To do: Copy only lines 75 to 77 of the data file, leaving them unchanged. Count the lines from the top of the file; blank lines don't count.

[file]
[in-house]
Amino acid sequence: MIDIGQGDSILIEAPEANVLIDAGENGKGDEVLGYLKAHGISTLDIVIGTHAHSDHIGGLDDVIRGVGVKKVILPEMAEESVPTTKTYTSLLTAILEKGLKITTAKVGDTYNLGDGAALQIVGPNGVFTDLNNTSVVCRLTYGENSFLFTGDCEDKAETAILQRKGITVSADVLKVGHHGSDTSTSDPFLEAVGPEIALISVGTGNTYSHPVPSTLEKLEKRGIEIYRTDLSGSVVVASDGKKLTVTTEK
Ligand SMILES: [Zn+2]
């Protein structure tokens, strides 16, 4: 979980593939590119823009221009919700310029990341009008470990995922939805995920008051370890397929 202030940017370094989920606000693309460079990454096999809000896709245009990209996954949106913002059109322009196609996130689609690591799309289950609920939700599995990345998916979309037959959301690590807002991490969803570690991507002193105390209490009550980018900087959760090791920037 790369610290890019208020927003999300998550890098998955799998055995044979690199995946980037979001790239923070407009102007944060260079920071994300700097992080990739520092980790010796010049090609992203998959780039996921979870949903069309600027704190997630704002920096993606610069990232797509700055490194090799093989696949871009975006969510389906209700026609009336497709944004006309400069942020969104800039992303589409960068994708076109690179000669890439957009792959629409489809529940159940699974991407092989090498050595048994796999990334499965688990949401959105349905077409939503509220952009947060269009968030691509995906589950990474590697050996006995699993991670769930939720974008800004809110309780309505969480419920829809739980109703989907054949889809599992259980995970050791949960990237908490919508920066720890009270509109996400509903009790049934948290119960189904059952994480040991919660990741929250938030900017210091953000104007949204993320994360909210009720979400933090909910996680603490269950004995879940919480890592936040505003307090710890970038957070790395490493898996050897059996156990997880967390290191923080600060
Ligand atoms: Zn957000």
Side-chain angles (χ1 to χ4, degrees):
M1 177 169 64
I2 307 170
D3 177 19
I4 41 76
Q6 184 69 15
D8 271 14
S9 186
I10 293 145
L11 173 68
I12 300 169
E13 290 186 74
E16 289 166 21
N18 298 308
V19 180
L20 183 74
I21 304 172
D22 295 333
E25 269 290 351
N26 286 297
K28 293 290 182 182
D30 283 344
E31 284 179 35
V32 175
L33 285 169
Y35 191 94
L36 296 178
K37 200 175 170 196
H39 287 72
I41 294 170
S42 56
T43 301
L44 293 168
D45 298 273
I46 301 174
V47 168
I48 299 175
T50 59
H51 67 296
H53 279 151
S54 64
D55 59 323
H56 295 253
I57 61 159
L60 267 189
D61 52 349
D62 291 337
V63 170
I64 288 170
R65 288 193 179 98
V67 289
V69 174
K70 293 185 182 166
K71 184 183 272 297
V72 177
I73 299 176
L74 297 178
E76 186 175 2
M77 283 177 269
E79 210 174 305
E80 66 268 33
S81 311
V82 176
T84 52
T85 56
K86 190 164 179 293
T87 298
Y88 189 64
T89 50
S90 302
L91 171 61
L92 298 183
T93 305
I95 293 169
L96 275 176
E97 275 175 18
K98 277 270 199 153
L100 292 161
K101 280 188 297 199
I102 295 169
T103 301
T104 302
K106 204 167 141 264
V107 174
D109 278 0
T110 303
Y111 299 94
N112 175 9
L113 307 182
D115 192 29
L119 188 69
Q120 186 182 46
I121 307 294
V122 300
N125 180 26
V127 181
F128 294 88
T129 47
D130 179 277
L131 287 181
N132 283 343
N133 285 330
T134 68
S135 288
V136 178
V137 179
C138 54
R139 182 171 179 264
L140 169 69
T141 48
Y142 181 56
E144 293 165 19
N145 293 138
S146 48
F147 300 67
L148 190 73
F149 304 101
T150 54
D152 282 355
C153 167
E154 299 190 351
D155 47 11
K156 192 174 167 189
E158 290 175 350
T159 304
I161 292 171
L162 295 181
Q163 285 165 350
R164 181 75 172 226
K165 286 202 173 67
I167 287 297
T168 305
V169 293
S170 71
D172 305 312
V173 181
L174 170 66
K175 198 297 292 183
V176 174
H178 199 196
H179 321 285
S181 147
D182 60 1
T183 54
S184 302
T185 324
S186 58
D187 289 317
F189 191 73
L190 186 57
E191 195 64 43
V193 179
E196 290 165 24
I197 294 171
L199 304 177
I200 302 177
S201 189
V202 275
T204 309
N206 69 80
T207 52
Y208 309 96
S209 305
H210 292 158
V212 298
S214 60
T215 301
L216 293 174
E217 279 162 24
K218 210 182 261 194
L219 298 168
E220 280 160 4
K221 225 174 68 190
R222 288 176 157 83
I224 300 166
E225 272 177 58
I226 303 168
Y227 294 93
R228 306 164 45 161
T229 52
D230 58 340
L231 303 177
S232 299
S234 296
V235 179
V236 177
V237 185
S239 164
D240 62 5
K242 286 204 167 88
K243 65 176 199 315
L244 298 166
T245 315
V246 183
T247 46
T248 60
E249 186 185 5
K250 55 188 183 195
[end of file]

S90 302
L91 171 61
L92 298 183